Apples take the fourth place after grapes, oranges, and bananas in world fruit production. Although apples are not the most widely culti­vated fruit, they are considered to be the “queen of fruits.” This may be due to the fact of its enor­mous culinary and medicinal virtues since this fruit practically combines with all other foods.

Apple nutrition facts and health benefits

Apples contain 12.6% carbohydrates in the form of sugars, and aside from that no other nutrient stands out substantially in the apple’s composition. The sugars are primarily fructose (fruit sugar) and lower proportions of glucose and saccharose. Apples contain very small amounts of fats and proteins. Among its vitamins are C and E and its minerals include potassium and iron, although in limit­ed amounts. Nutritional value of apples provides 59 calories per 100 grams (59 kcal/100 g).

Considering this rather ordinary nutri­tional composition, it is hard to imag­ine the extraordinary dietary and therapeutic properties that make apple a true medicinal food. Although the apple’s composition by itself does not justify its therapeutic effects, its non­nutritive components do. These components are found in plant-based foods and do not provide energy but their effect is extremely beneficial for our body and health. Nutrition science in recent years is making amazing discoveries of these components in fruits and vegetables and their health benefits. For example, more than 170 phytochemicals have been discov­ered in the orange, the same applies to apples even though the research is not done thoroughly. These are few of the apple’s non­nutritive components known and their benefits:

Pectin: This hydrocarbon is not ab­sorbed in the intestine, and forms most of what is called insoluble vegetable fiber. Most of the 2.4 g/100 g of fiber in the apple is pectin. Only 1/5 of the fruit’s pectin is in the peel, therefore, when the apple is peeled only a small portion is lost. Pectin retains water and various waste products in the intestine, acting as an intestinal “broom” that facilitates the elimina­tion of toxins with the feces.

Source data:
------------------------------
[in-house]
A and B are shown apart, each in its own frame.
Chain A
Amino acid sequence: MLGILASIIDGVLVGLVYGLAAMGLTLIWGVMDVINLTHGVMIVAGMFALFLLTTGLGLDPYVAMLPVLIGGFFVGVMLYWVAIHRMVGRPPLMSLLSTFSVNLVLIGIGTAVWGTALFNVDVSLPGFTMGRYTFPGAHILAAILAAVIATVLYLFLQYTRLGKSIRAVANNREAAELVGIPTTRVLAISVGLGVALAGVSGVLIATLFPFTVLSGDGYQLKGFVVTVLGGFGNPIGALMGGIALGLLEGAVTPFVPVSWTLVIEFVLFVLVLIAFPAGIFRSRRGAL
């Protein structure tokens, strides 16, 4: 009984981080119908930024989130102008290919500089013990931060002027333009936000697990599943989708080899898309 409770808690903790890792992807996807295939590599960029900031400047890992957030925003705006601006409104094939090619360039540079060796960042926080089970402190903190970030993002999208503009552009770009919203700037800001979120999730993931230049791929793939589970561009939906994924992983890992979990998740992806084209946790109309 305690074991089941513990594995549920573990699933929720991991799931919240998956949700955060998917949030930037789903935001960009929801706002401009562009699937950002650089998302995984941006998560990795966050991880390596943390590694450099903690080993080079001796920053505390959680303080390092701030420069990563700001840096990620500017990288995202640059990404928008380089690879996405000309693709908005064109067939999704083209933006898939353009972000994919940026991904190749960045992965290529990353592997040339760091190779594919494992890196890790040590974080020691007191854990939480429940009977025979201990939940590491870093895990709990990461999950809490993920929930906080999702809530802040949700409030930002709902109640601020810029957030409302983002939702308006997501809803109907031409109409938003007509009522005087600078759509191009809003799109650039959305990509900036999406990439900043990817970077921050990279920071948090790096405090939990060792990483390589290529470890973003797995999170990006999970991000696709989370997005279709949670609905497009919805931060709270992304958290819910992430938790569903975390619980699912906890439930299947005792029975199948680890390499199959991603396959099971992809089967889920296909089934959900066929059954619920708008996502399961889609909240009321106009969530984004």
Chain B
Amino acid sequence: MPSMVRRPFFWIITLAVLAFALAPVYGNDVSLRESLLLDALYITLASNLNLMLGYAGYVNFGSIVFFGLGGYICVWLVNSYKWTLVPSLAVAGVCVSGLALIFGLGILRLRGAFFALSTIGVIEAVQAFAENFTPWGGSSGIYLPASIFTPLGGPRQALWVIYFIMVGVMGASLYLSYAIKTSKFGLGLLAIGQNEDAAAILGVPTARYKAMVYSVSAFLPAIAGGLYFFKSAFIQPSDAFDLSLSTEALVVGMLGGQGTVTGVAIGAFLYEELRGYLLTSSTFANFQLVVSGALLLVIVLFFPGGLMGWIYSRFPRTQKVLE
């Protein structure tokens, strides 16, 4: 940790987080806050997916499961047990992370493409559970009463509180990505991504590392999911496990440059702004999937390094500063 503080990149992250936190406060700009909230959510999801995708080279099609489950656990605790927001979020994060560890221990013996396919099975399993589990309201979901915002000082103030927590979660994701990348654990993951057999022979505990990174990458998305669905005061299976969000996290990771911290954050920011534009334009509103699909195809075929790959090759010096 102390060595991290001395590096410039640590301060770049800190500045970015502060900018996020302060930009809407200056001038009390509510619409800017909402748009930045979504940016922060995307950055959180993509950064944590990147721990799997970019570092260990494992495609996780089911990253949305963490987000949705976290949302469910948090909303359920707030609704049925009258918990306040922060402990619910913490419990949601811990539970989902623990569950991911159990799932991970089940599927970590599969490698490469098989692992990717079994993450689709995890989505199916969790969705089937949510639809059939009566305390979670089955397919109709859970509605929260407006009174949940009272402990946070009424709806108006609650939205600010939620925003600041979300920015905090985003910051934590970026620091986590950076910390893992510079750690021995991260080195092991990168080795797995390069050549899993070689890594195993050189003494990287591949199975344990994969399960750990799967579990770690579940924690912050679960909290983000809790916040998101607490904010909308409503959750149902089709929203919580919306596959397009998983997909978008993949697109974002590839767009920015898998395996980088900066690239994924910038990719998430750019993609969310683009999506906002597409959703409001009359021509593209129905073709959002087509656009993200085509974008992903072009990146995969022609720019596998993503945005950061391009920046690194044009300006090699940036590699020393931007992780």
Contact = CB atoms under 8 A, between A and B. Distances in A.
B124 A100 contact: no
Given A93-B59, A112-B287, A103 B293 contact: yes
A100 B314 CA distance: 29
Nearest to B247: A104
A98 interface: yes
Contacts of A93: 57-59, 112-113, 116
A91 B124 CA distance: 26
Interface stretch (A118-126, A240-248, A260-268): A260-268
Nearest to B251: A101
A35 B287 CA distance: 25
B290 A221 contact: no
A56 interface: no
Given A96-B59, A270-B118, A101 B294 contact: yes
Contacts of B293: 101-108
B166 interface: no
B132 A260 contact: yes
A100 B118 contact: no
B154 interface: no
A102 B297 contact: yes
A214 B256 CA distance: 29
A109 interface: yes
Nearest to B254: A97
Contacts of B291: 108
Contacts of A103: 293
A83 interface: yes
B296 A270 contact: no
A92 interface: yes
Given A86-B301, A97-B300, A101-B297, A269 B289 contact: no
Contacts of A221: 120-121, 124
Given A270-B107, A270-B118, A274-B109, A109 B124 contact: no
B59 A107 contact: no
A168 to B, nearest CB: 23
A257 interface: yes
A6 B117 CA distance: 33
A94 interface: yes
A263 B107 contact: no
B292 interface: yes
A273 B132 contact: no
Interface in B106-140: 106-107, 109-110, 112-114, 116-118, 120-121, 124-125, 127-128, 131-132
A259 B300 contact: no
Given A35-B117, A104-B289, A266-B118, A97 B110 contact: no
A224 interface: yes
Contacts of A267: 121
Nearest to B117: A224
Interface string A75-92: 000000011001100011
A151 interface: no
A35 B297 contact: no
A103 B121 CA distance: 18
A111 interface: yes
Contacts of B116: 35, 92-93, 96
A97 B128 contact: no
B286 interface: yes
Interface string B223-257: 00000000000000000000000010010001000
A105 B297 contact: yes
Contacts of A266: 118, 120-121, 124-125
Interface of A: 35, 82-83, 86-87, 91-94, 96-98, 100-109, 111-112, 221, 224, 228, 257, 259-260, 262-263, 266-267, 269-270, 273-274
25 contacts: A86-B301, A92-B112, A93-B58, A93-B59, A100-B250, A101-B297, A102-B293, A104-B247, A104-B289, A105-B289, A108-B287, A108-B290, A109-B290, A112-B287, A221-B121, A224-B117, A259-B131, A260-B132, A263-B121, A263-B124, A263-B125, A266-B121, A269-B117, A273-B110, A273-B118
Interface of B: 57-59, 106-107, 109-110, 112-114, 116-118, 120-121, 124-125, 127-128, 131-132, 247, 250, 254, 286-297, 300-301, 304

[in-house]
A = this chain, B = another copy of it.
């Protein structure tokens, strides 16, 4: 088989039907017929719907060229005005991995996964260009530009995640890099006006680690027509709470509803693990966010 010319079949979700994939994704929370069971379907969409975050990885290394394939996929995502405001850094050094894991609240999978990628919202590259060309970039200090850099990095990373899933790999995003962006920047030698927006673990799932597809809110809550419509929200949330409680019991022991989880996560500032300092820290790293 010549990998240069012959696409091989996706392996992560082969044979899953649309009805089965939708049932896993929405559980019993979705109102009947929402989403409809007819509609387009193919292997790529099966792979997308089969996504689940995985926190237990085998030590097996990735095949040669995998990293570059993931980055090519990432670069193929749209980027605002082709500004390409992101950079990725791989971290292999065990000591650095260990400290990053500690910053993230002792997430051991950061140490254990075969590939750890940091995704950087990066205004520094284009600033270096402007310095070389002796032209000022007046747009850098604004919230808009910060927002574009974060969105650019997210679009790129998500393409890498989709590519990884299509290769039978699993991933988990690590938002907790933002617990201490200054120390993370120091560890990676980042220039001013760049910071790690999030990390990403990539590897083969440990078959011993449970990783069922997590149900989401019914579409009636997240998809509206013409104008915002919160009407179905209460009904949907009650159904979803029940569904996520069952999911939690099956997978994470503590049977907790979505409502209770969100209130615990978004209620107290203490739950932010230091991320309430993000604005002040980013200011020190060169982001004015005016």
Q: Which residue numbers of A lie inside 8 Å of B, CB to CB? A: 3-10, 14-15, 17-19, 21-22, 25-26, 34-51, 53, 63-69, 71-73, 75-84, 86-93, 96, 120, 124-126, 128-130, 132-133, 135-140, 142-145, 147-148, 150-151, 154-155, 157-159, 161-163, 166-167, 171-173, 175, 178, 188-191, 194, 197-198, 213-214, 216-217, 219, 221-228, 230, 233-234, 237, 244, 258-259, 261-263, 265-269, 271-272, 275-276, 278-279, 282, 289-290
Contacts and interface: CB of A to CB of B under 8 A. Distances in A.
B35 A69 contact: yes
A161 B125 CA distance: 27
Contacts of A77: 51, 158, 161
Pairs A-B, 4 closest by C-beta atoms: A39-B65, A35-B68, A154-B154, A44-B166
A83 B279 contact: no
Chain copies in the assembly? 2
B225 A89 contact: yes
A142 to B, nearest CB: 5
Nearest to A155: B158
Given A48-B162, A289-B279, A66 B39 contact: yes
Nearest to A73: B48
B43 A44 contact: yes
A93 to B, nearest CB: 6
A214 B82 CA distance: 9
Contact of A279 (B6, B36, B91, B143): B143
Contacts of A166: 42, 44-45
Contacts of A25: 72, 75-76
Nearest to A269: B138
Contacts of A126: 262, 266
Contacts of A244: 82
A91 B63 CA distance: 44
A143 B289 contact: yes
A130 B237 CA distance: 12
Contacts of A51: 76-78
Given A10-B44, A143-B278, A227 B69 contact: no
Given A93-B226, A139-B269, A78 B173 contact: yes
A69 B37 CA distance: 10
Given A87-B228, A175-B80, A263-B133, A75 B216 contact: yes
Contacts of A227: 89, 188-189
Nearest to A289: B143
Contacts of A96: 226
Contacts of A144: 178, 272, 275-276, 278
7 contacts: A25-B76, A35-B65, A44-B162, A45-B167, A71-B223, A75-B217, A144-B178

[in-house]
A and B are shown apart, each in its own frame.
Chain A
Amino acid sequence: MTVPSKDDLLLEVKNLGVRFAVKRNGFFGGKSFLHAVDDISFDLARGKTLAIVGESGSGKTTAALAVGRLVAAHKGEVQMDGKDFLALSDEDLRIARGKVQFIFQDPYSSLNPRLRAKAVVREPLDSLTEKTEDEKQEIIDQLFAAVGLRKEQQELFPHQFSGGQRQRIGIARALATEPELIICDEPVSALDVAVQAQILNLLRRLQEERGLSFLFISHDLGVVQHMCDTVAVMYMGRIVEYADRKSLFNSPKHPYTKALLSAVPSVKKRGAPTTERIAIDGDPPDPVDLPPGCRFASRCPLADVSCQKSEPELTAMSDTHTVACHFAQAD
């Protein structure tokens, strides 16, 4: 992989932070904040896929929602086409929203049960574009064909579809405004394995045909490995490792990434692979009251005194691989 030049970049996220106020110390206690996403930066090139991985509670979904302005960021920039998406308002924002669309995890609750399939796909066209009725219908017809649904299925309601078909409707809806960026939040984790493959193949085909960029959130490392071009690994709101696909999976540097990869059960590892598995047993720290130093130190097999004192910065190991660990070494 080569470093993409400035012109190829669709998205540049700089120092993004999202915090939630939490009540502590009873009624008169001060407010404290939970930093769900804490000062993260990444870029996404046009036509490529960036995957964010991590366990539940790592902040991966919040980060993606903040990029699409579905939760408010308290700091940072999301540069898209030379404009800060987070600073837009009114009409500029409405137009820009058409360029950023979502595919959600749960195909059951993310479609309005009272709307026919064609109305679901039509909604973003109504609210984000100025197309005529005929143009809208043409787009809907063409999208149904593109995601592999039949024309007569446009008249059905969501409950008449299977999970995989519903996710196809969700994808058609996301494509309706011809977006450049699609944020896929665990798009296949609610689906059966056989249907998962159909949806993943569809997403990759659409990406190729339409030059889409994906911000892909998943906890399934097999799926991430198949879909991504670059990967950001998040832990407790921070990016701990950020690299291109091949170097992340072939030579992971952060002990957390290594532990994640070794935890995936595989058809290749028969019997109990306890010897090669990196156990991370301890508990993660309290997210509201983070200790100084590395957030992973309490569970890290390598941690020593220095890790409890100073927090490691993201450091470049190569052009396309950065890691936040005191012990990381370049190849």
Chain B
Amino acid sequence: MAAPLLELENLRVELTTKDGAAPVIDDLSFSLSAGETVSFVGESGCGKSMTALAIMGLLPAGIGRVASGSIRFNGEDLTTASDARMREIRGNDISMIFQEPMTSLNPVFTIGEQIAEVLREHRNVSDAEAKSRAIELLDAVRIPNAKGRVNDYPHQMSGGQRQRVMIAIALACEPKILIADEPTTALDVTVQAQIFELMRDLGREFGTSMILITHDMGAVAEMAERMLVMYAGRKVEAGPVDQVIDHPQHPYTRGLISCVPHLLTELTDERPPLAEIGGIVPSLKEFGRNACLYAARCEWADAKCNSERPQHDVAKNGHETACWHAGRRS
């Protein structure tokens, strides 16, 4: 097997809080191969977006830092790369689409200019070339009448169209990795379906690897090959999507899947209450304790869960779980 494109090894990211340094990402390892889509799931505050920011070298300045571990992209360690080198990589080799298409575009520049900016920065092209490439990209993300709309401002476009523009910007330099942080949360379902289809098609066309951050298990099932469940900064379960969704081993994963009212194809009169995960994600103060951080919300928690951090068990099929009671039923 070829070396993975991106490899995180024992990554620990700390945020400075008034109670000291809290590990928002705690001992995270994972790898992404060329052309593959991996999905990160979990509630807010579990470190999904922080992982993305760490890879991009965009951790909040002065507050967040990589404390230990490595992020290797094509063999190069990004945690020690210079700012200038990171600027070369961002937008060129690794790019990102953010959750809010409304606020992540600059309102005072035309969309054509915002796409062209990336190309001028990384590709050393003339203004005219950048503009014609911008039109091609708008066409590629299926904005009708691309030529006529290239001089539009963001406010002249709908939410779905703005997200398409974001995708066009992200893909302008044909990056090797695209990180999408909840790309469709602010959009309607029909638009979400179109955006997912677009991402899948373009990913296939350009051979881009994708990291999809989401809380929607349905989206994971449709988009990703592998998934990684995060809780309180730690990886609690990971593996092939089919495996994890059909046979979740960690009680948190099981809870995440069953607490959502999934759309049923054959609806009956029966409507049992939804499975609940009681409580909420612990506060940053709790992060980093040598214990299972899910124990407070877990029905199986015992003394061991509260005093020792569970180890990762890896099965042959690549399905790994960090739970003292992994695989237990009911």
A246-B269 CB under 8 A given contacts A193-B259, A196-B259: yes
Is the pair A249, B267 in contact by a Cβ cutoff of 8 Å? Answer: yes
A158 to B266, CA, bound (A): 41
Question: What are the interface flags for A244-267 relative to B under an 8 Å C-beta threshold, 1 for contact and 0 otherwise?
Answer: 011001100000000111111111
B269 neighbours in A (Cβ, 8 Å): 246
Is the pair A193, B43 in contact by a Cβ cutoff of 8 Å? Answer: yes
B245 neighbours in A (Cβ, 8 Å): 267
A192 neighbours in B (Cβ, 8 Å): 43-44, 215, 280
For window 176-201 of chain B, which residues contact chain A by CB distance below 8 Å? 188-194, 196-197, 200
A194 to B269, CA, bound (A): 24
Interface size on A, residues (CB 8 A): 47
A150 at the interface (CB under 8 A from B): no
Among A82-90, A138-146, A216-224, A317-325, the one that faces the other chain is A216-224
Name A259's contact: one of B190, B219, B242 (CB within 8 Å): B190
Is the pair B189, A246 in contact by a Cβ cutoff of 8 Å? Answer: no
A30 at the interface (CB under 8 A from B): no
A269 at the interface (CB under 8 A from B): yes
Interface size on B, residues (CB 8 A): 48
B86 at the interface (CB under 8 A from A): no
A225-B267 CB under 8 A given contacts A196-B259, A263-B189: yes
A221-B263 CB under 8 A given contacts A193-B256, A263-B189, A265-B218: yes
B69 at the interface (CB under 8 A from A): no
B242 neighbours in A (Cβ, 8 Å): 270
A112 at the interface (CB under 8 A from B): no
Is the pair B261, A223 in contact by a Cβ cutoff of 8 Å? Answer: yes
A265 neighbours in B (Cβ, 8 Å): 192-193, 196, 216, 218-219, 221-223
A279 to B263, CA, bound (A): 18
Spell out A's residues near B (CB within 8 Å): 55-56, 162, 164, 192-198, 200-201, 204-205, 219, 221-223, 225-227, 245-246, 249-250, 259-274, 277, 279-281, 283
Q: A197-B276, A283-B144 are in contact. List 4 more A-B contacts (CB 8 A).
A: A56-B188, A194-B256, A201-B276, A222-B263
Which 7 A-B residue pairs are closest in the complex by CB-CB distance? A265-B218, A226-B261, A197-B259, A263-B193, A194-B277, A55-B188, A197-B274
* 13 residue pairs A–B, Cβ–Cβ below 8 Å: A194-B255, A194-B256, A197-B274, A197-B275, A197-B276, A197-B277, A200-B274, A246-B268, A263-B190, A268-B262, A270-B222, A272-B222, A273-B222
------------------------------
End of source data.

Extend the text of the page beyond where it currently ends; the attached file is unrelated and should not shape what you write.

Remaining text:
Organic acids: These represent 1 % to 1.5% of the apple’s weight, de­pending on variety. The most preva­lent is malic acid, although citric, suc­cinic, lactic, and salicylic acids are al­so present. As happens with citrus fruits, when these organic acids are metabolized they produce an alkaliz­ing (antacid) effect in the blood and tissues. These acids also renew the in­testinal flora and prevent intestinal fer­mentation.

Tannins: The apple is, after the quince one of the fruits rich­est in tannins, which is astringent and anti-inflammatory.

Flavonoids: These constitute a group of phytochemicals present in many plant-based foods that are capable of preventing the oxidation of low-density lipoproteins (substances that carry cholesterol in the blood). In this way, flavonoids keep cholesterol from depositing on arterial walls and stop the progress of arteriosclerosis (hardening and narrowing of the ar­teries). Apples contain a variety of flavonoids, the most active and im­portant of which is quercetin because of its antioxidant effect. Apples are the richest plant-based foods in quer­cetin.

Boron: This little-known mineral plays a variety of roles within the body that are currently being studied. One of these seems to be facilitating the as­similation of calcium and magne­sium, meaning that boron may con­tribute to the prevention of osteoporo­sis. Apples are among the fruits richest in boron. These substances partially explain the many medicinal properties of this simple but exceptional fruit: anti-diarrheic, laxative, diuretic, depurant, hypolipidemic (reduces blood lipid levels), choleretic, nerve tonic, alkalizer, and antioxidant. Because of this, eating them daily benefits both those who are healthy and ill, particu­larly in these cases:

  • Diarrhea and colitis: The pectin in apples acts as a sponge that absorbs and eliminates the toxins produced by the bacteria that cause gastroen­teritis and colitis. Also, its tannins dry the intestinal mucosa and reduce its The organic acids act as antiseptics and restore the normal bac­terial flora in the intestine. A diet based exclusively on apples is effective in any type of diarrhea. When the digestive organs are affect­ed, apples are best prepared as applesauce, baked, or cooked.
  • Constipation: Apples regulate in­testinal function, and correct both di­arrhea and Eating one or two apples on an empty stomach in the morning helps overcome intesti­nal hypotony, which is the most com­mon cause of constipation.
  • Chronic skin eczema caused by au­tointoxication due to constipation.
  • Hypertension: Studies conducted in Japan, where the normal diet contains a great deal of salt, have shown that those who regularly eat apples have lower blood pressure than the rest of the population. Apples contain virtually no sodium, and are quite rich in potassium, which contributes to their hypertensive ef­fect.
  • Excess cholesterol: Eating two or three apples a day for several months has been shown effective in reducing cholesterol level. A partial explana­tion for this effect is that the pectin absorbs the biliary salts in the intes­tine, one of the basic ingredients from which the body makes cholesterol.
  • Arteriosclerosis: Because of their richness in flavonoids, particularly quercetin, apples help prevent the de­posit of cholesterol within the arteries and their subsequent narrowing. Flavonoids also inhibit platelet sticki­ness (the tendency of the platelets in the blood to form thromboses or clots). Eating apples regularly prevent narrowing of the coronary arteries, which leads to heart attack.